"Who elected them?" DeSantis quipped of the College Board, adding: "Are there other people that provide services? Turns out there are." He suggested that Florida could "utili[s]e some of these other providers who I think have a really, really strong track record".
In fact, the potential alternatives DeSantis brought up - the International Baccalaureate and Cambridge Assessment programmes - do not offer anything like the repertoire or the reach that the AP programme has. But treating all of them as mere 'providers of services' flows from thinking of education as an industry rather than as a public good that should be insulated from markets so that it can serve all US citizens well.
The way the College Board works also feeds directly into this unfettered market mentality. As CNN recently reported, the College Board acts like a business: it "advertises itself as a nonprofit but in some years generates more than $1bn in revenue and pays top executives seven-figure salaries".
The only authority the College Board has is the authority of the market, and market forces undoubtedly also contribute to a lack of clear accountability for the College Board's leadership. Indeed, the organisation is far from perfect; its SAT and ACT university entrance exams have often been criticised for systemic bias that favours white and affluent students and have been dropped as a requirement for admission to public universities in the state of California.
Jon Boeckenstedt from Oregon State University told CNN that, because of the decentralisation of primary and secondary education in the US, it is "extraordinarily difficult for us as a nation to figure out whether students are learning the things we think they should be learning, and we have no real way to assess or even compare learning for school districts, across different schools and across different populations". A private, corporation-like organisation - the College Board - stepped into the gap and, said Boeckenstedt, is now "sort of entrenched in circular business processes that feed off each other".
America's capitalist education nightmare
Meanwhile, thanks to a lack of coordination, organisation and equity on anything remotely approaching a national scale, the overall state of our primary and secondary education is perhaps best encapsulated in a colourful neologism that rhymes with 'flusterduck'.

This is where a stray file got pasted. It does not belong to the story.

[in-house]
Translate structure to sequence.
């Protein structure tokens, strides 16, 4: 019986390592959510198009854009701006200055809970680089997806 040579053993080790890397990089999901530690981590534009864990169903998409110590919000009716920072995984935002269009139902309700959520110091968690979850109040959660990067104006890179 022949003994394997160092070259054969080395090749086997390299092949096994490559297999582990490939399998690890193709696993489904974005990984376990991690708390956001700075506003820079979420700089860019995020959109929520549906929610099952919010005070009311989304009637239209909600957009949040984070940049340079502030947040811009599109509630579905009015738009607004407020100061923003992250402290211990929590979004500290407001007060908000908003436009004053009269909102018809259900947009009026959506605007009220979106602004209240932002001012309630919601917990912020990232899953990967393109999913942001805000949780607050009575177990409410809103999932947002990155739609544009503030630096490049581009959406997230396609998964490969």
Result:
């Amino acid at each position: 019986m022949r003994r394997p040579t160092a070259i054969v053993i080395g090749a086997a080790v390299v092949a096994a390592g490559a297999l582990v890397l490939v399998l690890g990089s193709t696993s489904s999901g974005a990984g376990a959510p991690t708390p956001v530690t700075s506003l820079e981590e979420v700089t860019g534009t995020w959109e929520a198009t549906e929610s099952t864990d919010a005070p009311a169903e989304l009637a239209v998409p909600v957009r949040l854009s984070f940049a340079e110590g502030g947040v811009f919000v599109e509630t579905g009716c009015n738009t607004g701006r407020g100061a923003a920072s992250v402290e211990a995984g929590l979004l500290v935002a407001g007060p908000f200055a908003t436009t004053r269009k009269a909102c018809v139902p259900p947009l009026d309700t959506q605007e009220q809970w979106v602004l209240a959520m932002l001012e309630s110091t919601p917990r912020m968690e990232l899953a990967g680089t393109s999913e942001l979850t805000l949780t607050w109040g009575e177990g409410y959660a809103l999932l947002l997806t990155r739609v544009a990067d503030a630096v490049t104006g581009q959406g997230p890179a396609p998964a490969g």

Underpaid public school teachers, to be clear, are not to blame. The factors that are to blame include: the funding of schools primarily with property taxes (leading to severe inequity among districts in the same state as well as among states); angry right-wingers taking over school boards and banning books; the defunding and dismantling of public schools via so-called 'school choice' programmes and other methods pushed by conservatives; and the fundamental lack of proper regulation, especially with respect to private schools and homeschooling, through which many young Americans are subjected to indoctrination and severe educational neglect.
This laissez-faire approach to education reflects the pernicious pull of free-market ideology in the US and the disproportionate power that conservatives (above all the Christian Right) have to shape policy - despite the fact that most Americans disagree with much of their policy agenda.
As someone with a PhD who spent a number of years working in higher education, I can state anecdotally that even many liberals and progressives who work in education casually refer to the field as an 'industry'. But persisting in that thinking undermines our ability to push back on petty tyrants such as Ron DeSantis, who has couched his criticism of the College Board (an imperfect institution but the best one we've got for what it does) in market terms.
Yet, ironically, it is the prohibitively high cost of college education and the savings that AP classes can bring that will probably cause DeSantis to change his mind about banning the AP programme.
That would be the right outcome in this case, but my hope is that somehow we Americans will eventually learn to think of education as a critically important public good, rather than just another commodity to be shaped by 'the invisible hand' of the free market. Unless and until we can do so, significant and much needed education reform is likely to elude us.